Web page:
Complete Communications Engineering

Dynamic Adaptive Streaming over HTTP (MPEG-DASH) is an adaptive-bitrate streaming technique that allows high quality audio/video content streaming over the Internet using conventional HTTP web servers.

Fig.1 Dynamic Adaptive Streaming over HTTP and MPEG-DASH’s scope

HTTP web server infrastructure is used for delivery of essentially all World Wide Web content. MPEG-DASH is the first adaptive-bitrate HTTP-based streaming solution that is an international standard. The technology was developed under MPEG.

There are proprietary HTTP streaming technologies such as Apple HTTP Live Streaming (Apple HLS), Adobe HTTP Dynamic Streaming (Adobe HDS), and Microsoft Smooth Streaming. They use different manifest and segment formats. To receive content from each proprietary server, a device must support the proper protocols.

The MPEG-DASH standard provides a full set of features for HTTP adaptive-bitrate streaming that allow a standard-based client to be able to receive content from any standard-based server, thereby enabling interoperability between servers and clients of different vendors.

An MPEG-DASH server provides client players with a list of the available media segment URLs in a Media Presentation Description (MPD) file. Clients can then sequentially request the media segments as required to provide uninterrupted playback of the media presentation.

To play the content, the client obtains the MPD from the MPEG-DASH server. The MPD can be delivered using HTTP, email, thumb drive, broadcast, or other transports. The MPD contains information about the content characteristics such as content availability, media types, timing, resolutions, minimum and maximum bandwidths, location on the network (media segment URLs), accessibility features and required digital rights management (DRM).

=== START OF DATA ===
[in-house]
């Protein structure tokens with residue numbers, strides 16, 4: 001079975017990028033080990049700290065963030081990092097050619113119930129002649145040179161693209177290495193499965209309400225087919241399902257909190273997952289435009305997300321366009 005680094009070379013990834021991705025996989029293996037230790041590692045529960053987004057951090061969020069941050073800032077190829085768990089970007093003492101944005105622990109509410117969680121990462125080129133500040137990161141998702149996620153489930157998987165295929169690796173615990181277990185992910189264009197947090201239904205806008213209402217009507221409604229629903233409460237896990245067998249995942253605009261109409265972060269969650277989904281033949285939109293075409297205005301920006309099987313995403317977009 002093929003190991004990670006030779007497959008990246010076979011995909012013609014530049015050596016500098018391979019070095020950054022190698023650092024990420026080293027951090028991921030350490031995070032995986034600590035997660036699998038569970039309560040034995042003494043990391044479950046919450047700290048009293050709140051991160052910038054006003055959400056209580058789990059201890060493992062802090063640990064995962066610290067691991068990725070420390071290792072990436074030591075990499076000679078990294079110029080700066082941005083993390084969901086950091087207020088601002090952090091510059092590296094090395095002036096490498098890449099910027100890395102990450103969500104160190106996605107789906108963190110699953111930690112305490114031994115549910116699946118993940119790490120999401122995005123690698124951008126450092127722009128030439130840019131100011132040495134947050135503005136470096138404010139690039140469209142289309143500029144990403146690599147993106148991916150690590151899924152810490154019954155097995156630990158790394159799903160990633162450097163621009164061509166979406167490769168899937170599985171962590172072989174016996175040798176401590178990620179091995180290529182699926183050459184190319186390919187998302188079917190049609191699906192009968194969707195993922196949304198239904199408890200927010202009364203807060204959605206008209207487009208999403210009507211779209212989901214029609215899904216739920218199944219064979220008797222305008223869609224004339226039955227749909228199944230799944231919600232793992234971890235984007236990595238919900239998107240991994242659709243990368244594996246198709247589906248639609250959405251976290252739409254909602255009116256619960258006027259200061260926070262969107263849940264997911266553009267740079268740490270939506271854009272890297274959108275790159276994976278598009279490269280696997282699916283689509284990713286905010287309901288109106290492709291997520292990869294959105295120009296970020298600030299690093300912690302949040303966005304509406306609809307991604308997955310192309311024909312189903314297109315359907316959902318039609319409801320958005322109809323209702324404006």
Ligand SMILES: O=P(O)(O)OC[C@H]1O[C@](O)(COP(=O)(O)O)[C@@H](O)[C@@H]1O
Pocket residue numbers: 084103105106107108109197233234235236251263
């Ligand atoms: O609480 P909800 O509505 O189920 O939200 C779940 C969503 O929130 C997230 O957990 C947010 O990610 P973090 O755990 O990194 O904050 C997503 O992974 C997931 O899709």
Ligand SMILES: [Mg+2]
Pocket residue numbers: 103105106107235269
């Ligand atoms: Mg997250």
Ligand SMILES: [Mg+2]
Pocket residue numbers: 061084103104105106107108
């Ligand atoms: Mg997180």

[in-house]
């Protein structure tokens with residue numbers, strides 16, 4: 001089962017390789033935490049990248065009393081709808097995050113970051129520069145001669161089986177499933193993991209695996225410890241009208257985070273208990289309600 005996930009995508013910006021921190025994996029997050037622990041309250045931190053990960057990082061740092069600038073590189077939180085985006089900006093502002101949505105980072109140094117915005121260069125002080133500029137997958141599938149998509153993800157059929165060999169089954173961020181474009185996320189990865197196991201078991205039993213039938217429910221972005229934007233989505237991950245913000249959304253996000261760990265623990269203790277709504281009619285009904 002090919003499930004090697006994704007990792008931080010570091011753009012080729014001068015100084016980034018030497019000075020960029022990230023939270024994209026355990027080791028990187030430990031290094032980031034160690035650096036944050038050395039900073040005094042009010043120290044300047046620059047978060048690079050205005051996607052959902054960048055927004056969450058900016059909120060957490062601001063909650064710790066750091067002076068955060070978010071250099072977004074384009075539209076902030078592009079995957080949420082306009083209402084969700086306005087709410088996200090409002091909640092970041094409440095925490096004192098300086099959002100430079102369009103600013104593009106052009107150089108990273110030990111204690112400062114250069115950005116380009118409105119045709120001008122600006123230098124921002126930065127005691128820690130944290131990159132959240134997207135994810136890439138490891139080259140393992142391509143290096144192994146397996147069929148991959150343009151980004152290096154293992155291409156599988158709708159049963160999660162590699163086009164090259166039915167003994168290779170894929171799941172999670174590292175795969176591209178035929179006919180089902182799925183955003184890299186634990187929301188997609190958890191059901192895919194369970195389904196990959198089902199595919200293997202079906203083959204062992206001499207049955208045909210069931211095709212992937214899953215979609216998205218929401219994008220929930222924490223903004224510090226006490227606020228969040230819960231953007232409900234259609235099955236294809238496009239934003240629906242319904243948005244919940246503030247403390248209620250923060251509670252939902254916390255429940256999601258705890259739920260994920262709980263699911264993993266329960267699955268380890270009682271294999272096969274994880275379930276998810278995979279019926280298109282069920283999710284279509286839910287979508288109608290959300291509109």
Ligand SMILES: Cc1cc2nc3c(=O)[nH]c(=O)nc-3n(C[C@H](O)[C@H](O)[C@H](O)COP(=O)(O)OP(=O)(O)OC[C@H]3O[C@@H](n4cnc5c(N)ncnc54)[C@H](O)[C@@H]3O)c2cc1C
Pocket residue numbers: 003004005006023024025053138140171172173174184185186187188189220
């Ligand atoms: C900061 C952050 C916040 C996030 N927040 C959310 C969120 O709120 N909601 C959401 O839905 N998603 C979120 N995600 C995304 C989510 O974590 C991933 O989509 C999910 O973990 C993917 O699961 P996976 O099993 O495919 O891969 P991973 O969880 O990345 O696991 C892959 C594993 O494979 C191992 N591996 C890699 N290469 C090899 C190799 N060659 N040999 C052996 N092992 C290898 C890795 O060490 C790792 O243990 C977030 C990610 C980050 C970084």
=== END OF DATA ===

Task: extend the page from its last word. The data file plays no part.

Based on the MDP information, the client selects an appropriately encoded stream and sends the request to start streaming.

Received media segments are buffered by the client to handle network variations. During playback, the client monitors fluctuations in the network bandwidth. Based on this information, the client may switch to receive segments with lower or higher bitrate.

The same content may be available at different servers or content delivery networks (CDN). The client can stream from any of them to maximize the available network bandwidth. In this case, the MDP provides multiple URLs for the same segment.

The MPEG-DASH standard is codec and container agnostic (H.264/AAC, WebM, etc. and different media containers). It also supports: closed-captions and subtitles, multiple file container formats, video-on-demand (VoD) and live streaming.

The duration of segments can vary for both VoD and live streaming. For live streaming, the duration of the next segment can also be signaled within the current segment.

MPEG-DASH VoD or live content can be encrypted using various DRM schemes. The decryption key information is delivered to the client by MPD.

The MPD can be divided into multiple parts and downloaded in multiple steps. Some of its elements can be externally referenced.

MPEG-DASH combines delivery formats into DASH profiles. These profiles specify features for interoperability. They are identified in the MPD by unique uniform resource names (URNs).

Each segment can contain information about UTC time, so clients can control their clock drift.

A set of quality metrics are defined in the standard. Measurement happens at the client side and the information is sent back to the server.

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